Browsing Posts published in June, 2011

I watch CNBC just about every morning. Either at the gym, at home or on the road in the hotel. I always find something interesting to take away from it (or at least pass the time on the treadmill). Yesterday they had a gentleman on from Comscore talking about web traffic and where it comes from. The discussion was about US connected device traffic. This is non-computer devices, so smartphones and tablets. 36% of the traffic goes to Android Phones, 24% goes to iPhone, and 22% and iPad. The remainder is a hodge-podge of smartphones and tablets. He also stated that about 97% of all tablet traffic comes from iPads. I am not surprised by these numbers but it astounding to see how much iPad has grown and the market power it as.

The real question is when will other tablets emerge as a viable competitor to iPad? I am no expert on this but it seems to me that the competition has emerged already (RIM Playbook, several Android tablets, and others) and so far seem to be having minimal impact on iPad sales. iPad keeps chugging along and I expect this to continue for some time. I am mostly speaking from an enterprise perspective here where all the conversations we have with customers is about iPad, at least on the tablet side. I keep waiting for a new generation of Android tablets that may perhaps change this dynamic. On the smartphone the dynamic is certainly different. Clearly there is a fair share of Blackberry users still out there. But our discussions are mostly around iPhone and Android. Now admittedly since we are initially targeting iOS devices it’s natural that those are the discussions we get involved in. But we talk to organizations, from the very large to small, and iPad is top of mind in enterprises.

These situations change and certainly competition for iPad will emerge. It just may take a bit longer than many expect. From our point of view, choice is good for customers and our objective is to support customer with whatever device they choose. mobilEcho, and more broadly, Mobile File Management (MFM), is not just about supporting one device but about cross-platform support of heterogeneous device environments.

Anders Lofgren, VP Product Management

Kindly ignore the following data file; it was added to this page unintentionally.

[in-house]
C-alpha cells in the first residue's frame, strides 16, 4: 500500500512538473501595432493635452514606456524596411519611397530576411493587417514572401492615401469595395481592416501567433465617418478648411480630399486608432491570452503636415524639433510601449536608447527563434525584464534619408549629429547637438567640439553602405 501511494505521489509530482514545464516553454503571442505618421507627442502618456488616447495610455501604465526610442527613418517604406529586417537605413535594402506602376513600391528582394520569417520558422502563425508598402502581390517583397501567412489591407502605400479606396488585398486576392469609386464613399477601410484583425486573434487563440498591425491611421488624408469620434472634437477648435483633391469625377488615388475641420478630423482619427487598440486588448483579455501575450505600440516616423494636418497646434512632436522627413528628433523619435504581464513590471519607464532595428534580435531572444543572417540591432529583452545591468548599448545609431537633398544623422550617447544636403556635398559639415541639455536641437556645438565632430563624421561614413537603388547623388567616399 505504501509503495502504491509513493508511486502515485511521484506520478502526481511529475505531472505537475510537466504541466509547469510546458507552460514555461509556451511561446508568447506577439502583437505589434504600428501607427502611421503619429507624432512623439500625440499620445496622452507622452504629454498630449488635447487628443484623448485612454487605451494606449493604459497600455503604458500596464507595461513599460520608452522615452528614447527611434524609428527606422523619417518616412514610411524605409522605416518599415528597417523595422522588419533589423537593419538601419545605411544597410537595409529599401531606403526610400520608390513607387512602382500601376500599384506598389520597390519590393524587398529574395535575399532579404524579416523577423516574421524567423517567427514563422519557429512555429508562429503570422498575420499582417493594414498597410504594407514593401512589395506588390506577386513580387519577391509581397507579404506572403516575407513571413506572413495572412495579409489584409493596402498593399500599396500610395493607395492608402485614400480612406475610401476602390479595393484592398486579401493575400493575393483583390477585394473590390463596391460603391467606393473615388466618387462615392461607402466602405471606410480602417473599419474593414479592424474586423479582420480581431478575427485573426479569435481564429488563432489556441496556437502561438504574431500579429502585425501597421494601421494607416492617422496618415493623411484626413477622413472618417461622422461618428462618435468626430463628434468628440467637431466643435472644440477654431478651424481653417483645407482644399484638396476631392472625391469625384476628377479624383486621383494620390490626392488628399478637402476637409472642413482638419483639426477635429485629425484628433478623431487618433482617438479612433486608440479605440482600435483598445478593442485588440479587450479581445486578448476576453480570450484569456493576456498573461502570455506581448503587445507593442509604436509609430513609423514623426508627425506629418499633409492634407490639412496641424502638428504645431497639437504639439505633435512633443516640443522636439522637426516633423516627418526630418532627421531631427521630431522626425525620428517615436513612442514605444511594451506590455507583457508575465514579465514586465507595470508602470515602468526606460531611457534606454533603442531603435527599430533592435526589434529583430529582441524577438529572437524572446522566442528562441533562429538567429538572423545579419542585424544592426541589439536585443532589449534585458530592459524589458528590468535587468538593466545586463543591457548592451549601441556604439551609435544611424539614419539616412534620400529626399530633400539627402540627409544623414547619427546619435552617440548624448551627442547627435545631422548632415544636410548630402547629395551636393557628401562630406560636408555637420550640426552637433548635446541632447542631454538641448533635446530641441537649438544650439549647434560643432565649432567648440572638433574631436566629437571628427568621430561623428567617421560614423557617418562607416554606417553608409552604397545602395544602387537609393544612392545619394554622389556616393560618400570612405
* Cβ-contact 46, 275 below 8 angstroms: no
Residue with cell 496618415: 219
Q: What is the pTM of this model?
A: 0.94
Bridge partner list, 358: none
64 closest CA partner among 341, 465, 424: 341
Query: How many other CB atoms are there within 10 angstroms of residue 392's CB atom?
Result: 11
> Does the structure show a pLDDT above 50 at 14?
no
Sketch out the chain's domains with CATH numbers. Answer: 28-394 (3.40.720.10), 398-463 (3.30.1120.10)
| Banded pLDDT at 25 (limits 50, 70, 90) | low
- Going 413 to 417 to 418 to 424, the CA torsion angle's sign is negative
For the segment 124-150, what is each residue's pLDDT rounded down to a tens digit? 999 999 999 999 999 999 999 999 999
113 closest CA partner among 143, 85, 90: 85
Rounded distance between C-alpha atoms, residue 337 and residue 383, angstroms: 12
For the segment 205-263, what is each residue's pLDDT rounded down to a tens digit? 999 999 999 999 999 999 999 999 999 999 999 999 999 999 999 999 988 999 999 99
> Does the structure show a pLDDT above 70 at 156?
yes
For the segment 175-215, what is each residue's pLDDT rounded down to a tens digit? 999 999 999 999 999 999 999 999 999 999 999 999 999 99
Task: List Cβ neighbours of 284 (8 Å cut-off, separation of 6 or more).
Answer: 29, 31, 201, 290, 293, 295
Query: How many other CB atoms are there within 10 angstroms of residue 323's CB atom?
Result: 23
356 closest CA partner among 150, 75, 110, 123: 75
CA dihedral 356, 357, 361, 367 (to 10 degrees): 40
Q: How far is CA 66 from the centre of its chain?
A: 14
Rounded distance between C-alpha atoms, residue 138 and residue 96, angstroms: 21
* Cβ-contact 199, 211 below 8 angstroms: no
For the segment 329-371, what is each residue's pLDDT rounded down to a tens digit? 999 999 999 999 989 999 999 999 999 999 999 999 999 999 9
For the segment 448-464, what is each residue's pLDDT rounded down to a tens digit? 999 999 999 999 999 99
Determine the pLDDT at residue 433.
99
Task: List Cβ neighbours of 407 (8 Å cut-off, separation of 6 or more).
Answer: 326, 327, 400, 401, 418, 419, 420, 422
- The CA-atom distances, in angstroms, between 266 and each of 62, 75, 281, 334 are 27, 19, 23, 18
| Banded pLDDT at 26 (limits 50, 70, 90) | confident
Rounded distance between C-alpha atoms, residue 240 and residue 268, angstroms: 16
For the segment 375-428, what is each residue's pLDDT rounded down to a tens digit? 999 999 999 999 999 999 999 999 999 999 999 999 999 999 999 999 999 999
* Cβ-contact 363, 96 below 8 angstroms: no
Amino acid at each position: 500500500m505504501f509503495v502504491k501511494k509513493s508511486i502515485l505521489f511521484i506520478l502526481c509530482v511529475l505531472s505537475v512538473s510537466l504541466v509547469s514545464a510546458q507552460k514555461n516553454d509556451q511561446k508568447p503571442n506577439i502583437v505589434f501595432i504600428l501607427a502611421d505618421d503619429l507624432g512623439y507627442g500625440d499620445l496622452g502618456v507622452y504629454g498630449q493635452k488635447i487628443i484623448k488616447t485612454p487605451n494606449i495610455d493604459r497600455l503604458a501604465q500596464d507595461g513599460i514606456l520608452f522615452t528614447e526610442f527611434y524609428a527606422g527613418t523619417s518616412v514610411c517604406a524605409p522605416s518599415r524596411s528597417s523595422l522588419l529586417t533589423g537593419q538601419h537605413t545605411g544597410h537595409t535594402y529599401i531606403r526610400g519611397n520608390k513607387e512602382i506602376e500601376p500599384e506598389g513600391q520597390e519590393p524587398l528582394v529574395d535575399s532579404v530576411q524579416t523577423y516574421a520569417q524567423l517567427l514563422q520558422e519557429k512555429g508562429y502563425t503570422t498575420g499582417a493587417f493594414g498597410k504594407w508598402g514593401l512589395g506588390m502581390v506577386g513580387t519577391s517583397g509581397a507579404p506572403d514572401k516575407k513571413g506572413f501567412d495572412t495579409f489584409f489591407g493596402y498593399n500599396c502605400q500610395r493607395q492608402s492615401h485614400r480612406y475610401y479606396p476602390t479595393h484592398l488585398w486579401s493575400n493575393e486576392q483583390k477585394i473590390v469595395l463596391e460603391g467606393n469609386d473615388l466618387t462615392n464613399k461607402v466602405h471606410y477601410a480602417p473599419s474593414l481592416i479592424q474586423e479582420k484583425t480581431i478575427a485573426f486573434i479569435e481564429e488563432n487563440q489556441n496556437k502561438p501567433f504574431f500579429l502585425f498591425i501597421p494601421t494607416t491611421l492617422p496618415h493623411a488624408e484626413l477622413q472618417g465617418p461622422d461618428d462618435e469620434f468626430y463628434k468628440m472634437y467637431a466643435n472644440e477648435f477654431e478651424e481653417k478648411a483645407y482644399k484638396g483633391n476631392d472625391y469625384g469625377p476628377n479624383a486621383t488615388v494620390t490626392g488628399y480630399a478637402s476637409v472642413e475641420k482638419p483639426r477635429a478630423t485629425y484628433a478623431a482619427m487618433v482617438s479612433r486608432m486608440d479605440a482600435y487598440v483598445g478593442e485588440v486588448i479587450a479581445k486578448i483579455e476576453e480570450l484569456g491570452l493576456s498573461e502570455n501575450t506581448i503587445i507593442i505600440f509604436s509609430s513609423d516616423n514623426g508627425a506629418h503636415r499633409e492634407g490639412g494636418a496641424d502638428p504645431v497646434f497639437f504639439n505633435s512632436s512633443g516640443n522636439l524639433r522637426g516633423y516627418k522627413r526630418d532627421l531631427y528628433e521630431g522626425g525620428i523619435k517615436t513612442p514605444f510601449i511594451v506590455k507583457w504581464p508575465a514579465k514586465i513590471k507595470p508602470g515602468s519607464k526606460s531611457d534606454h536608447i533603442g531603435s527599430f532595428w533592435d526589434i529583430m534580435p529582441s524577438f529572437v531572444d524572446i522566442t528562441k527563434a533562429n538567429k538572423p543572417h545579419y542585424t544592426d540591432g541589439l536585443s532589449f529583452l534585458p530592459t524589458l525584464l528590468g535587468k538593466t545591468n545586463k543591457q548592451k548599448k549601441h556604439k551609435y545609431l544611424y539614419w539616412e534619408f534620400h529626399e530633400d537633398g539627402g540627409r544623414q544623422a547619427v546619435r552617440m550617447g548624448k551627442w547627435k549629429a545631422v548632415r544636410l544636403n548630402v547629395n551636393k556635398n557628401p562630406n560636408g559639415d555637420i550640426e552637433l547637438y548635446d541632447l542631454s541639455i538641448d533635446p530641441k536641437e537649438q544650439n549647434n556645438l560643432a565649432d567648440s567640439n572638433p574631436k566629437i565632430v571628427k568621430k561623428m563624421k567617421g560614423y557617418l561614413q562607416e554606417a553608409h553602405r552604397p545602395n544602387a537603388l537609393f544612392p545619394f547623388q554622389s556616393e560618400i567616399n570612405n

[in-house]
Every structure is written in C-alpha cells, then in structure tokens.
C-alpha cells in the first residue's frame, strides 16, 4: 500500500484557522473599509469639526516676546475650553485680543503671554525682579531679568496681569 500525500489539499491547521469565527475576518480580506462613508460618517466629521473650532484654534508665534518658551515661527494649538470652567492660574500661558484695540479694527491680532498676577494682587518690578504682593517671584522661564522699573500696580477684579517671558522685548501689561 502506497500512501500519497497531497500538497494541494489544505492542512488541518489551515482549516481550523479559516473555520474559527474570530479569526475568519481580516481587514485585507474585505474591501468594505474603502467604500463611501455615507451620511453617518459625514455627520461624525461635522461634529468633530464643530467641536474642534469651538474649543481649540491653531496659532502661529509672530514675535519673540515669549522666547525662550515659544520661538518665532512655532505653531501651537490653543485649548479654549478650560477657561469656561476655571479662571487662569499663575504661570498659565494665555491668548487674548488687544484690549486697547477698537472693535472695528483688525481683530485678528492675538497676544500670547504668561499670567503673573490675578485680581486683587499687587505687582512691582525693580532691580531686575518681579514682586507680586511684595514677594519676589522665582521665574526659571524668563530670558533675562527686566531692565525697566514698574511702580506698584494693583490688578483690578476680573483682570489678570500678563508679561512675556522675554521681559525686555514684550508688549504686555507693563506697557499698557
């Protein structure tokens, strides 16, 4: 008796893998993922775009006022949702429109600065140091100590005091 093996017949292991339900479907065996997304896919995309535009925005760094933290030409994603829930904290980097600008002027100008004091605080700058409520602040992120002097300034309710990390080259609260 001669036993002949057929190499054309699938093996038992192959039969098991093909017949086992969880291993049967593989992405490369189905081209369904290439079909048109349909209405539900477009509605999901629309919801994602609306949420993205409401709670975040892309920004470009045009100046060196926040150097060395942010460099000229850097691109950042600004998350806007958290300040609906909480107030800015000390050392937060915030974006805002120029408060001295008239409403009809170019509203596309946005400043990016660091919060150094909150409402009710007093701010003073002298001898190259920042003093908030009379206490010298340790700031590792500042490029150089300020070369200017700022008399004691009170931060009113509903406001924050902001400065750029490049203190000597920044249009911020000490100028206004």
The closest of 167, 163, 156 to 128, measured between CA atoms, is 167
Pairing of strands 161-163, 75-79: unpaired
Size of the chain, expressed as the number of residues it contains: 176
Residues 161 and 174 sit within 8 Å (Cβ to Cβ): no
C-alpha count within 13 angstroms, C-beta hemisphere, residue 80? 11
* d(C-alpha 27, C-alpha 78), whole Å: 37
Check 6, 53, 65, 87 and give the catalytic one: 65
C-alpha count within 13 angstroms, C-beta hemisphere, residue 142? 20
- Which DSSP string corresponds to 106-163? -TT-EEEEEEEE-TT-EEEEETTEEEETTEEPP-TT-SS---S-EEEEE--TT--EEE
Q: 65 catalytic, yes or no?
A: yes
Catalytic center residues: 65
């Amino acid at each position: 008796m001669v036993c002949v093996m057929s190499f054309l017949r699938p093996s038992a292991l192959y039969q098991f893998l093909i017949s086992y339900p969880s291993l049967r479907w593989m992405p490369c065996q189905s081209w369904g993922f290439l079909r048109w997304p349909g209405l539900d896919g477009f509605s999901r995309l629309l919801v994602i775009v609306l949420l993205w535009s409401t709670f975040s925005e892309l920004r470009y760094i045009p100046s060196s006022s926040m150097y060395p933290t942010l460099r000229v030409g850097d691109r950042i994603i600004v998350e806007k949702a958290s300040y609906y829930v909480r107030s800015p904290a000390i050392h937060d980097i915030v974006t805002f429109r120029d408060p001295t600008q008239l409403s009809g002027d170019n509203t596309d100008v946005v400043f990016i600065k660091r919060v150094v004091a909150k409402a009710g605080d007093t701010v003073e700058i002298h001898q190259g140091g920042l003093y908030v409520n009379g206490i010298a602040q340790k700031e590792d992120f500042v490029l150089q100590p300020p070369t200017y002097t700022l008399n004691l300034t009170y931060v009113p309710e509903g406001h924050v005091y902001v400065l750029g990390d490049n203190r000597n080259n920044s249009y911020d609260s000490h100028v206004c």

Guest blog post this week by our CTO Derick Naef and his thoughts on last week’s Apple WWDC – Anders. Thanks, Derick!

Apple’s Vision and What it Means for iPads in the Enterprise

I attended my first Apple Worldwide Developer Conference 20 years ago, and even though Steve Jobs would not return for another 7 years, the keynote presentation was always a highly anticipated, electric event.  This year was no different – where else do you see people campout overnight on a San Francisco street to get a good view?  Where do you have people lining up four deep so that the line doesn’t wrap around a city block before the big event? 

For enterprise customers, I think this year’s keynote was more significant than the last few years’ speeches – up there with the unveiling of iOS or the AppStore in 2008.  In his presentation of Lion, iOS 5, and the new iCloud service, Steve Jobs presented Apple’s clear vision for how users will work with documents in the future – and it has important implications for the enterprise.

Jobs said their studies show new users do great amounts of learning to operate Macs until a key point – they start interacting with the file system.  Then all bets are off and the learning curve goes straight up.  Apple’s vision is to completely hide the file system from the user and the iPad is the ultimate example of this – there is no file system from the user’s point of view. Apps are like tiny walled gardens that deal with documents and content only, and the functionality of iCloud mimics this – it focuses on sharing content between apps on different devices, not a cloud file system. Mac OS X 10.7 Lion is moving in this direction as well, and it is a bold vision.

Our corporate, education and government customers have thousands of file servers, with tens of millions of files.  They have complicated, creative workflows that involve interaction with many users and applications.  They deal with document management systems.  They have strict security, regulatory and governance requirements regarding how information is accessed and protected.  They will not be able to embrace this vision of a file system-less future unless it integrated into this infrastructure.

Does this mean Apple doesn’t care about iPads and Macs in the Enterprise?  No – far from it.  In discussions with Apple field reps, our partners and resellers, it is clear that the enterprise adoption of Macs, and iPads in particular, is a key focus of Apple.  Companies in every industry imaginable are piloting iPads – and it is clear that when those pilots conclude, the demand generation for iPads in the enterprise will skyrocket.  I have repeatedly heard talk about pilots of 10-50 iPads increasing to 4,000+ in deployment within 12 months.

Apple has created a game changing new platform that is on the cusp of revolutionizing corporate and education IT.  Apple’s vision for a file system-less future is compelling, but it needs to have tools to fill in the gap between the vision and the reality.  There is a vibrant green field opportunity to help fill this gap, and this is the opportunity that GroupLogic’s products, such as mobilEcho and ExtremeZ-IP, fulfill.

Derick Naef, CTO